Fields The binary Field of characteristic two is a Finite Field 3 that contains different elements. The elements of is are represented as a vector space over is which contains 0 and 1 with respect to a

basis. As the two elements of can be represented with a bit, bits are required to represent elements of. Addition of

two elements in is simply performed but the multiplication

depends on the Field basis and dependencies between the Field elements. Finite

fields regularly used in cryptography are either prime fields or binary filed.

These fields has been used in conventional hardware and software applications

and recommended by the international standards such as IEEE and NIST.

Normal basis is the most efficient Field as it is offering free squaring in hardware

architecture using just cycle shift. However, the multiplication is so complex.

But there is a special subset of NB which is classed Gaussian Normal Basis

(GNB) which present more efficient multiplication. We have used GNB for

our implementation.1.4.

Normal

Basis It is shown that there exists a normal basis for the binary

extension field for all

positive integers . The normal

basis is constructed by finding a normal element, where ? is a

root of an irreducible polynomial of degree m Then set N= is a basis for and its elements are linearly independent. In

this case, can be represented as, where. Gaussian normal basis (GNB) 5 is a special class of normal basis which is included in the IEEE 1363 and NIST

41 standards for the Elliptic Curve Digital Signature Algorithm (ECDSA) and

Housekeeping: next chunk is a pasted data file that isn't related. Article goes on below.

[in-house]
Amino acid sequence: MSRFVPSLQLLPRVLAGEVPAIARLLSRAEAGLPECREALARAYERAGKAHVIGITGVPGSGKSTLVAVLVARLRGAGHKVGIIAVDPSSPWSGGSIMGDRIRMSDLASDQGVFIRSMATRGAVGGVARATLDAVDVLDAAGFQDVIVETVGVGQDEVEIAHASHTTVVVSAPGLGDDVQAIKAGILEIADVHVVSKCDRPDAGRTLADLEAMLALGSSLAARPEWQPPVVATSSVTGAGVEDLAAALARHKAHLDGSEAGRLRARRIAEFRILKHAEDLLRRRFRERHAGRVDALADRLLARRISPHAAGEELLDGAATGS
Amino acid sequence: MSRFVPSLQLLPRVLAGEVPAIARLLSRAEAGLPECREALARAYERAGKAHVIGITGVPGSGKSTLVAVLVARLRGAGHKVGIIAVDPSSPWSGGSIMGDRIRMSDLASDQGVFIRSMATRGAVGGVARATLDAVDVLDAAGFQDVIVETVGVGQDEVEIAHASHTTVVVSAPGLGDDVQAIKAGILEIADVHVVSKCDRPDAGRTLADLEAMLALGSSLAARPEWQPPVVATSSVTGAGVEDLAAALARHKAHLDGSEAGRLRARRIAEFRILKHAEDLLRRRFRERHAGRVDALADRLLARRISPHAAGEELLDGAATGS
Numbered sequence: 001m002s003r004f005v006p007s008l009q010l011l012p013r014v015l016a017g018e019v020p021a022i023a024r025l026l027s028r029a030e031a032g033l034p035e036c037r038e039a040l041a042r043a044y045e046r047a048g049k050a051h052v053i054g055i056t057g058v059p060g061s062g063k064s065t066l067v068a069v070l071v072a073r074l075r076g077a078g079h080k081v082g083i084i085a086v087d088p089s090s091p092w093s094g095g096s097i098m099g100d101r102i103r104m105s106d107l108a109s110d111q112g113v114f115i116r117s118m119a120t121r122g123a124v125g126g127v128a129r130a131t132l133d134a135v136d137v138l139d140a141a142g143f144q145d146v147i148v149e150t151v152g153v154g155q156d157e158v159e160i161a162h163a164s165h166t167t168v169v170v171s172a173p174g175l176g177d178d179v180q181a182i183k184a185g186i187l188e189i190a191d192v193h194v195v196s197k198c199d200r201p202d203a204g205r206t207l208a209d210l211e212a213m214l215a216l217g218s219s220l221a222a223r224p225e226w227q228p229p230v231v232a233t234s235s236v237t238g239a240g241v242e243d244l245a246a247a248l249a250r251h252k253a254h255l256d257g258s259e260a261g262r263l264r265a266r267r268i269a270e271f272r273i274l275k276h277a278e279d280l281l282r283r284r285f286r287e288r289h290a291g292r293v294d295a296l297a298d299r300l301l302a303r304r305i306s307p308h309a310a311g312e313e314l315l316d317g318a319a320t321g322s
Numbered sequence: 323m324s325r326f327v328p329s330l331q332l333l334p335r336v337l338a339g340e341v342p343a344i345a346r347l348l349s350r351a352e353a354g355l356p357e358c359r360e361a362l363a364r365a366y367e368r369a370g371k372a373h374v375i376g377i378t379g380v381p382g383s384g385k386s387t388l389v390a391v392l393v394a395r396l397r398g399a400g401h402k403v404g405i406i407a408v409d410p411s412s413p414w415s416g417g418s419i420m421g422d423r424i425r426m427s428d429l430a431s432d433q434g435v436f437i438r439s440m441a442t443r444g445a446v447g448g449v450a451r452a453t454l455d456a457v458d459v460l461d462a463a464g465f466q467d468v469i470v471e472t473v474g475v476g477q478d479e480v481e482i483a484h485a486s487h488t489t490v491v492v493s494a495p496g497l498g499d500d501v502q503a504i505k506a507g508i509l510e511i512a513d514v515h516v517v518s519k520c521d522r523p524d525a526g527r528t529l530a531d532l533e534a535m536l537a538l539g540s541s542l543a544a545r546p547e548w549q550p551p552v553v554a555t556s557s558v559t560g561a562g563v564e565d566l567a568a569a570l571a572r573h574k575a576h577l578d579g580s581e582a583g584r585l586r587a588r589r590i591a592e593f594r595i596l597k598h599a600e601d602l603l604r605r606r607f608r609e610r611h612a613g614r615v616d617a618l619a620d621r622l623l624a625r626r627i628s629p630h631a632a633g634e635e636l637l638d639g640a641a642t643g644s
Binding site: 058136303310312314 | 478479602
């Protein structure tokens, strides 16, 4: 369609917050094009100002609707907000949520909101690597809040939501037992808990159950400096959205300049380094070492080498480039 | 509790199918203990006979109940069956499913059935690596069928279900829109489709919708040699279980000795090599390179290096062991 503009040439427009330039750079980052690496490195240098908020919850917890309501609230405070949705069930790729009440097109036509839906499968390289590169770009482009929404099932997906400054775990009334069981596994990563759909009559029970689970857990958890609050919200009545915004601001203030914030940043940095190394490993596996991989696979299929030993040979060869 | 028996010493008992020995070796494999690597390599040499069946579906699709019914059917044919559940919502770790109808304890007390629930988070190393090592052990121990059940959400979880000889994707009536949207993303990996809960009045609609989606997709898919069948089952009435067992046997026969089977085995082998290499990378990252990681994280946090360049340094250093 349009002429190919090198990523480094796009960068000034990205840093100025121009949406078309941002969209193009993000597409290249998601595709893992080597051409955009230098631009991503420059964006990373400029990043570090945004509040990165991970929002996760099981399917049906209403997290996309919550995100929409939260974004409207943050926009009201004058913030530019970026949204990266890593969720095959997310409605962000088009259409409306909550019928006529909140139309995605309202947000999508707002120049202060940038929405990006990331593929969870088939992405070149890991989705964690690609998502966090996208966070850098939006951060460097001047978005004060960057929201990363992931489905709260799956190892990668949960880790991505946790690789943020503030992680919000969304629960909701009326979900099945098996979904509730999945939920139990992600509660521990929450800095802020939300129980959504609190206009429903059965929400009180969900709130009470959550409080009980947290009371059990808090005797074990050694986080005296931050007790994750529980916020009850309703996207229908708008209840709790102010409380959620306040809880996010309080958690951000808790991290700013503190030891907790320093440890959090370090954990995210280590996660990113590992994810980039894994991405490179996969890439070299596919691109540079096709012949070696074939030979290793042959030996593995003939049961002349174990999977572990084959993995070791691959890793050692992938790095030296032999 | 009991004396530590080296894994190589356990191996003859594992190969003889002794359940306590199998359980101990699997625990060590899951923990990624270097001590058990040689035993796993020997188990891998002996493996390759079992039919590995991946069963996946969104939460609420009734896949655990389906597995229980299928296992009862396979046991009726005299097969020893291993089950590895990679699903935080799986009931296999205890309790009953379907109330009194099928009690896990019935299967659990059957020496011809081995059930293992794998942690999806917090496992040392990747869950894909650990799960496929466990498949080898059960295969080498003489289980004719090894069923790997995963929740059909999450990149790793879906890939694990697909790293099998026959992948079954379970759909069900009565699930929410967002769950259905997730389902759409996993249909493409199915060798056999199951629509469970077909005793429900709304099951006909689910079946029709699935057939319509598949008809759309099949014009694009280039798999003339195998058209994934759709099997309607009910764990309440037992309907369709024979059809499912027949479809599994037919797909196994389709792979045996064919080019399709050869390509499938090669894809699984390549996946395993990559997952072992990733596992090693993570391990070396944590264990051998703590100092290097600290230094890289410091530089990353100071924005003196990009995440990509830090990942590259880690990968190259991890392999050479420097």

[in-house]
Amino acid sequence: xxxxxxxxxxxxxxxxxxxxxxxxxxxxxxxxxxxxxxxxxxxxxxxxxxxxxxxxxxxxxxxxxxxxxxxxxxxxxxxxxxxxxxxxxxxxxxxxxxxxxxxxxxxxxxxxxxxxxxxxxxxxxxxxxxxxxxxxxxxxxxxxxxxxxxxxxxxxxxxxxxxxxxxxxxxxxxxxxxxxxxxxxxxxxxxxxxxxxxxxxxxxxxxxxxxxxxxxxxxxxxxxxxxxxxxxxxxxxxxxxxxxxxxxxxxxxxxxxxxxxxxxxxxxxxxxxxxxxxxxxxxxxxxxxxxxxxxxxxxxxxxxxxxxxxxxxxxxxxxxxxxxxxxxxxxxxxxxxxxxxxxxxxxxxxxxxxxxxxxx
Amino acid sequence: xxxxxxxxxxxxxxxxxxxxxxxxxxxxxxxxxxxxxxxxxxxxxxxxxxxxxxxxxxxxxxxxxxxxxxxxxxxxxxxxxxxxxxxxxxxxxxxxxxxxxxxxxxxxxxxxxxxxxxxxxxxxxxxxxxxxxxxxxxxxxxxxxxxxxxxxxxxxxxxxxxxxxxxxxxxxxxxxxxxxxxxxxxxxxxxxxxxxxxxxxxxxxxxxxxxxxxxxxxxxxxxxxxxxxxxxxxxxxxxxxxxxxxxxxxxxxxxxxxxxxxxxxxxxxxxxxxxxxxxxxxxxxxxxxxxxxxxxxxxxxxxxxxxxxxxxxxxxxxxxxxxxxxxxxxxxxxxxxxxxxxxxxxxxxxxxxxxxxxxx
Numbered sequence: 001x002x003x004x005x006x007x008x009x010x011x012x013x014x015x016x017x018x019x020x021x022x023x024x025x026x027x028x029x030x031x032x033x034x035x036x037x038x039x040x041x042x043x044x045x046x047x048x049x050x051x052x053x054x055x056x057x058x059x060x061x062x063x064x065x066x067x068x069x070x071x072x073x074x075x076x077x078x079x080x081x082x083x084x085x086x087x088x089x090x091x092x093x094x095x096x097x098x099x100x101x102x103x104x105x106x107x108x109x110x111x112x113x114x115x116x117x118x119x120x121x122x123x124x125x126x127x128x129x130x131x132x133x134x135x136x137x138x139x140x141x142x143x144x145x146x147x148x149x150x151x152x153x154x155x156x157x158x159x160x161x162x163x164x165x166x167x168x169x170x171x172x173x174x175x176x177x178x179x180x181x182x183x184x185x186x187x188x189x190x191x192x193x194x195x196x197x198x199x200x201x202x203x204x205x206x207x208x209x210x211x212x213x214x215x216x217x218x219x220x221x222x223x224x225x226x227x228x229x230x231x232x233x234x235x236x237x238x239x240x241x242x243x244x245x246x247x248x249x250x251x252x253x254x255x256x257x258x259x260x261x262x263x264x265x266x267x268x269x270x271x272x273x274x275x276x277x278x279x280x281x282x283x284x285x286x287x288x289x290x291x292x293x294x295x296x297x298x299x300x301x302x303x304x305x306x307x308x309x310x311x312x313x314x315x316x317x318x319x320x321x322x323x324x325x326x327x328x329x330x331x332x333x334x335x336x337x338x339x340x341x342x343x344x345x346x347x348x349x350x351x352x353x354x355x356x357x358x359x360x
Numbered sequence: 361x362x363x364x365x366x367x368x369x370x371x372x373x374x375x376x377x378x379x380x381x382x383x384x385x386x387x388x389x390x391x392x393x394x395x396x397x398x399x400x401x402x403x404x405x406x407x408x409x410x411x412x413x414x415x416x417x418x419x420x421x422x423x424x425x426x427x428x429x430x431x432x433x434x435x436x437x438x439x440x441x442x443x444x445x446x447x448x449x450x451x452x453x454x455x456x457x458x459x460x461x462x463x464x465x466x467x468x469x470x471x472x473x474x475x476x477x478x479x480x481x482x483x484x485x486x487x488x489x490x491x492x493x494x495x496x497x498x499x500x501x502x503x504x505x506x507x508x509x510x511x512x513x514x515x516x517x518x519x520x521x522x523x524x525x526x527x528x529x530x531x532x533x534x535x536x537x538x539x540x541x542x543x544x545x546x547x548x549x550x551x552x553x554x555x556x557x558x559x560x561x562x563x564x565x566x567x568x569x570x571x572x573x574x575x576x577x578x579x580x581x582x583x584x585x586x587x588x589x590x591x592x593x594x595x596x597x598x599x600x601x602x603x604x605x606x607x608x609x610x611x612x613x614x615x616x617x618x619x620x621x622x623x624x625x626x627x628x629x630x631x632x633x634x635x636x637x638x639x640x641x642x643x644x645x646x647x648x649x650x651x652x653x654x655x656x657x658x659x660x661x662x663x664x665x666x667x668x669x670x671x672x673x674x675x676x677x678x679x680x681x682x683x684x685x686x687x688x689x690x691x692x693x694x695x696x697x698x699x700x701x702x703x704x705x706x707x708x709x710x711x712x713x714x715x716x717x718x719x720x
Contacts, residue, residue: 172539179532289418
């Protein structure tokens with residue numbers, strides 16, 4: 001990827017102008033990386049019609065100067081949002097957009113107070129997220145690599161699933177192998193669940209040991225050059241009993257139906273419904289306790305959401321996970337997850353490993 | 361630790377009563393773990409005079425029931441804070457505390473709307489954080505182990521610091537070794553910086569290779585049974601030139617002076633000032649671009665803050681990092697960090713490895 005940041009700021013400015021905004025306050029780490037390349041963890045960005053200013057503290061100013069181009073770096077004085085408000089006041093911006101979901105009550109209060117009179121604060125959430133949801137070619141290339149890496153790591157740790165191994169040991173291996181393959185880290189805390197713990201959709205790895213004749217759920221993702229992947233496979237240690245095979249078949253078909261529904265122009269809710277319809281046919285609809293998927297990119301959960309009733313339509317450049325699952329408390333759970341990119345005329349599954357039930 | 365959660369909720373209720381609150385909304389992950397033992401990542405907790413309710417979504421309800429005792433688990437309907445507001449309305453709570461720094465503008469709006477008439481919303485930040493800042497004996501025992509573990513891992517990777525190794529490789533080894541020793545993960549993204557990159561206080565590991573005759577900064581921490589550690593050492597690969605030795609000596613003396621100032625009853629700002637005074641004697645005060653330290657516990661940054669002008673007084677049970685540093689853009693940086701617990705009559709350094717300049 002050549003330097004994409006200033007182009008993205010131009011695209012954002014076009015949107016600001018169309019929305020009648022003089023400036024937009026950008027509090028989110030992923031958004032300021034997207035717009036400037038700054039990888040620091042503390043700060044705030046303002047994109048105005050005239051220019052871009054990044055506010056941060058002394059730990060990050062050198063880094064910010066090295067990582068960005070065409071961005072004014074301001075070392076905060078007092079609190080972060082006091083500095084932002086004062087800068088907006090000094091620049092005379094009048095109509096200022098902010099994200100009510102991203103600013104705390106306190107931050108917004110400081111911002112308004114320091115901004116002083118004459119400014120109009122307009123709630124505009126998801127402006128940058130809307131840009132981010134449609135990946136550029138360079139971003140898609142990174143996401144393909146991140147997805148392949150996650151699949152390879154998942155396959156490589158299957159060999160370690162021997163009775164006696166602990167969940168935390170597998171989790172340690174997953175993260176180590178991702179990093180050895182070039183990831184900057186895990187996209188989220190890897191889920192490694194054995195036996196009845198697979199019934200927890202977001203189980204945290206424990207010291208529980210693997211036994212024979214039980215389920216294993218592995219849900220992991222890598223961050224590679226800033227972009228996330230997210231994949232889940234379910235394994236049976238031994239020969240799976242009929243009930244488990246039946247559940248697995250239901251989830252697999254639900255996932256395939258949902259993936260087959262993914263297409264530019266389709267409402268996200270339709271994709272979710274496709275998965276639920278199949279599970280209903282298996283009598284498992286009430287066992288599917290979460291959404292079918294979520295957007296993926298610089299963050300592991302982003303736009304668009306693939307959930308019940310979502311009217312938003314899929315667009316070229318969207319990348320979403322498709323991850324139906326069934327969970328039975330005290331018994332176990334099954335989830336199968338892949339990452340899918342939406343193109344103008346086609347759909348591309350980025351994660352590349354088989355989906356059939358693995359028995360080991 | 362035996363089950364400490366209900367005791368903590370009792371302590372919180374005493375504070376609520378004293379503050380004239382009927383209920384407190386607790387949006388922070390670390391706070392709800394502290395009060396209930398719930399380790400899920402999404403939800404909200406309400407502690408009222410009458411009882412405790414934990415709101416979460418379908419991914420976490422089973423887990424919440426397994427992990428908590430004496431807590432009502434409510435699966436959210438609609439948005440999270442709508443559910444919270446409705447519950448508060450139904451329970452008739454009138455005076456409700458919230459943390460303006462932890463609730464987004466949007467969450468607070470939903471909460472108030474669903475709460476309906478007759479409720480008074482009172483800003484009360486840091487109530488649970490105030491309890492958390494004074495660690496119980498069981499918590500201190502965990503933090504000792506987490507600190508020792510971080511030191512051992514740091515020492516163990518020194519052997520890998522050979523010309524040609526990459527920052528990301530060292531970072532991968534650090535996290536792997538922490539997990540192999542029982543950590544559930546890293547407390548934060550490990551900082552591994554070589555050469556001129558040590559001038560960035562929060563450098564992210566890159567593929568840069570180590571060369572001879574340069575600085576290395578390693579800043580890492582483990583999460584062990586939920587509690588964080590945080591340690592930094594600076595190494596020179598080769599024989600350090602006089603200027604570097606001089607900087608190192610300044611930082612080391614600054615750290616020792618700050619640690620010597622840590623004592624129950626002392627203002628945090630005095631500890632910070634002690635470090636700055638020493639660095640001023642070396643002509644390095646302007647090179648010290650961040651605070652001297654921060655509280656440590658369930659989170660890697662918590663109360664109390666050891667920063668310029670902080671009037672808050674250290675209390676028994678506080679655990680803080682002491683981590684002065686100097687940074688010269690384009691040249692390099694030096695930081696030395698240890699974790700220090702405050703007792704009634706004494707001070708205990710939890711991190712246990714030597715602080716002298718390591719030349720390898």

exists whenever is not divisible by 8 31. For such a given

m, there always exists a type , , GNB. Type T

GNB provides low complexity multiplication as compared with other normal bases

over.1.5.

Implementation

of the Binary field operationsHere, we review the basic field operations in a binary field.

Specifically, the operations of addition, multiplication, squaring and

inversion are reviewed with their Implementation in over GNB.1.5.1.

Field

AdditionAddition of two field elements, say, where are in can be obtained by pair-wise addition of the

coordinates of and over .Thus, this is

a simple addition of each linearly independent digit. Each digit is represented

as a single bit and there are no carries. The identity element of addition, i.e., 0, is (0, 0, · · ·, 0, 0).1.5.2.

Field

SquaringFinite-field squaring performs, where where are in. Squaring

operation is performed by right cyclic shift of the coordinates of:It is free in hardware if all coordinates are available in

parallel.1.5.3.

Field

Multiplication Let A and B be elements in in, and assume

their product is , .Then, we can

obtain can be obtained as 1,

13: where , , , and denotes the th element of matrix. Then, the other coordinates of could be obtained by shifting the input